Then again, if you are the daring type and love extreme sports, you can also make your way across the river by a Tyrolean traverse; you will certainly see the cascade from a unique perspective.
Montebello National Park is located in the municipalities of Trinidad and La Independencia, in Southern Chiapas. This area is home to 256 types of plant and more than 100 different species of wildlife. It encompasses 52 different lakes and lagoons featuring diverse hues that range from turquoise blue to indigo, and even black, according to locals. These breathtaking lakes are surrounded by a thick forest of coniferous evergreens and evergreen oaks among others, and they are home to quetzals, tayras, margays, red brocket deer, and many migratory birds.
You can charter a kayak at some of the lakes to further explore their wonders at your own leisure, or if you are not fond of rowing, you can always hire a Rafter to take you on the trip. Whatever the choice, you will have to wear a life jacket throughout the trip.
San Juan Chamula
When you set foot in this magical town, you feel as if you have walked into another dimension. You will see picturesque adobe houses with doors that bear crosses made of branches which represent the tree of life. Small parcels of land and streets blend into the landscape, and majestic green hills surround and safeguard the native Tzetzal and Tzotzil Indians that inhabit this town.
Right in the center of the town, there is a small chapel that is by far the most intriguing attraction of all in San Juan Chamula. Inside the chapel, there are cloths hanging from the ceiling, the tips are tied to the walls forming a pyramid like shape that symbolizes the heavens, for Chamulans. The floor is also covered with grasses, so that people's feet do not touch the ground, and is also symbolic of paradise.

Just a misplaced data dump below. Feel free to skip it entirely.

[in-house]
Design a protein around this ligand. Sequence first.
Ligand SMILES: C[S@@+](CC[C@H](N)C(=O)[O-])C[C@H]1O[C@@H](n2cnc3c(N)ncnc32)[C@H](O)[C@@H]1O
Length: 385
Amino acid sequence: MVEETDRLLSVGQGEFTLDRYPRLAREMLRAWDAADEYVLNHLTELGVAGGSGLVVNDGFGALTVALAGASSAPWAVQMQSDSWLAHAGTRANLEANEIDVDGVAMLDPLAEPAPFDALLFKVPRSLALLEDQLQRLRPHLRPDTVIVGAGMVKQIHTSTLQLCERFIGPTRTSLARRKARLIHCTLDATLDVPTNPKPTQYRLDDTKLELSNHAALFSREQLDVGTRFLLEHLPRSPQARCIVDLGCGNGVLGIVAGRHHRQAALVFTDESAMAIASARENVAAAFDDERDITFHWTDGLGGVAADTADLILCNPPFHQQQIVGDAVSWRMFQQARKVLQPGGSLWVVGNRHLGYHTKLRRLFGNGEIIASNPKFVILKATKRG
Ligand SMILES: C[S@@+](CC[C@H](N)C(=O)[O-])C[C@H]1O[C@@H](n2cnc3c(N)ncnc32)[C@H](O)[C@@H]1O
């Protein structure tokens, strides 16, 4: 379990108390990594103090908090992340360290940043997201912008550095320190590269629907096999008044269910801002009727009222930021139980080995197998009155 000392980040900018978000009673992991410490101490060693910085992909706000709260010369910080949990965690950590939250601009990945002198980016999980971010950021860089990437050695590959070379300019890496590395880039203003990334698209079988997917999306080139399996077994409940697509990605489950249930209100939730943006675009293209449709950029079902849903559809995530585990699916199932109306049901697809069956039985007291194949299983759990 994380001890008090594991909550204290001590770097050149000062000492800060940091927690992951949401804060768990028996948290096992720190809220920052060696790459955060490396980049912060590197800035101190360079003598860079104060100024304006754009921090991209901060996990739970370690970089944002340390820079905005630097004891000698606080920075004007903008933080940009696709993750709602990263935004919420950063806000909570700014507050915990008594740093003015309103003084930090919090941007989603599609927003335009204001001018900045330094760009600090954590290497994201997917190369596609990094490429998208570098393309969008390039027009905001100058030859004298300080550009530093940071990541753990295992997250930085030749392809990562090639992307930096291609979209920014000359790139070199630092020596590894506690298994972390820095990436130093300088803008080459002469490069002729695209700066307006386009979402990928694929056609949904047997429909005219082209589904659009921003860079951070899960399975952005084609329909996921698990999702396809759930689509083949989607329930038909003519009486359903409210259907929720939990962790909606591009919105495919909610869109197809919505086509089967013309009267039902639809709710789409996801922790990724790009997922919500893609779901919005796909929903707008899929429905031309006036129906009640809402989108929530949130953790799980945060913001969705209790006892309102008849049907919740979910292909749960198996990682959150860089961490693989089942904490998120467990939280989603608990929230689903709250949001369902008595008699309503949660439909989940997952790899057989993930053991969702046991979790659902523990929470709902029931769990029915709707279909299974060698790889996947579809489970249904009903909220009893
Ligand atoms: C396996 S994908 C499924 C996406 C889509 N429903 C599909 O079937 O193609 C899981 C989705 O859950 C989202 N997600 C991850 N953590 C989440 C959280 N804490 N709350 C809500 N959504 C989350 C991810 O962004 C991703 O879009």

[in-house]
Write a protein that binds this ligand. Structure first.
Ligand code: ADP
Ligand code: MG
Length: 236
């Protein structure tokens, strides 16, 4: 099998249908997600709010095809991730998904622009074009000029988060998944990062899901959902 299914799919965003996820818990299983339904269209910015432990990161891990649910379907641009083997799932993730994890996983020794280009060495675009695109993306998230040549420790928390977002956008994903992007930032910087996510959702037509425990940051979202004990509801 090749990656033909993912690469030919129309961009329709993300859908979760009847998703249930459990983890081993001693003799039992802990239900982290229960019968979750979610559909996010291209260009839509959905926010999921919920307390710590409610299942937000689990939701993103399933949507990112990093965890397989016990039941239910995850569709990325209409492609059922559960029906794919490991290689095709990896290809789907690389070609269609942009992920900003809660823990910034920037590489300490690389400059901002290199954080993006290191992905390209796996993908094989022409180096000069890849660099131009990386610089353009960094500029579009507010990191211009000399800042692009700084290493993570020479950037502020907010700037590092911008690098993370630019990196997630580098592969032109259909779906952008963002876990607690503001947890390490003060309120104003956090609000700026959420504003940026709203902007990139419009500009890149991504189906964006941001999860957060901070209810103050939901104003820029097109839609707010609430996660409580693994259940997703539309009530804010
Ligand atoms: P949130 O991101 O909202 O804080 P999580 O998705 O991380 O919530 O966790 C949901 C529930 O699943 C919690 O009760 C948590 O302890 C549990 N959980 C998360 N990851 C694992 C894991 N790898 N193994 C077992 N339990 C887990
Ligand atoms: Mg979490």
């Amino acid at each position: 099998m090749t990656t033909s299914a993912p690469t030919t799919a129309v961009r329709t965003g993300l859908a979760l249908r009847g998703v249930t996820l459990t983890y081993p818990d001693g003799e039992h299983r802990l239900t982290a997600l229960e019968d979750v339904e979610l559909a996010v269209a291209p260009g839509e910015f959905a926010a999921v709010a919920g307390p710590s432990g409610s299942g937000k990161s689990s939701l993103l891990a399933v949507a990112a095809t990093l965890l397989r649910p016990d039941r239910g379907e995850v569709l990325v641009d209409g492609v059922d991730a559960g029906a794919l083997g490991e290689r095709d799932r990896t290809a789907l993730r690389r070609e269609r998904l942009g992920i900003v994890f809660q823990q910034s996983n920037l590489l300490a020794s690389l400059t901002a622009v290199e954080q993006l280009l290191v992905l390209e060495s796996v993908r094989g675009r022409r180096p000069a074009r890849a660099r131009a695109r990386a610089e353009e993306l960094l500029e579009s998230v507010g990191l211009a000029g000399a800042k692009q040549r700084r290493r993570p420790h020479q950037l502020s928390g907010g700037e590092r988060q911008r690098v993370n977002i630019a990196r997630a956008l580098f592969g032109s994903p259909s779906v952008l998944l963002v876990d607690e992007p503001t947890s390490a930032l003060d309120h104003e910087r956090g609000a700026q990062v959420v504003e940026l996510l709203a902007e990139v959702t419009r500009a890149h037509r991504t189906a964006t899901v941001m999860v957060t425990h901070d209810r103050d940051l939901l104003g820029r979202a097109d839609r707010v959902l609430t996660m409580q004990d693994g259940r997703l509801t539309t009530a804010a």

On the sides of the chapel, there are figures of saints whose chests bear mirrors hanging from their necks. There are wooden tables in front of these sculptures where people place candles that are kept lit at all times. People usually sit on the floor, bring colorful candles, different foods and beverages as offering to the idols, and pray in their native tongue. After praying, they share the food and beverages equally among the participants. You might even see a shaman perform rituals to cure the sick.
Entering this chapel and witnessing these rituals will deeply touch you, regardless of your religious beliefs and it will certainly be a memorable experience.
Zinacantan, translates as 'land of the bats', is the place where they weave the most beautiful cloth in all Chiapas. Early every morning the men leave to work in fields and don't return until sunset. The women on the other hand, spend from 6 to 8 hours a day kneeling on the floor, painstakingly weaving their threads, which they hold in a leather belt that they wear. Every now and then they take a break and go out to gather wood for fuel. In the evenings, once they have finished with their chores, they gather to talk as they embroider. Meanwhile, the eldest woman, the matriarch, kneels by the fire making tortillas for the whole family.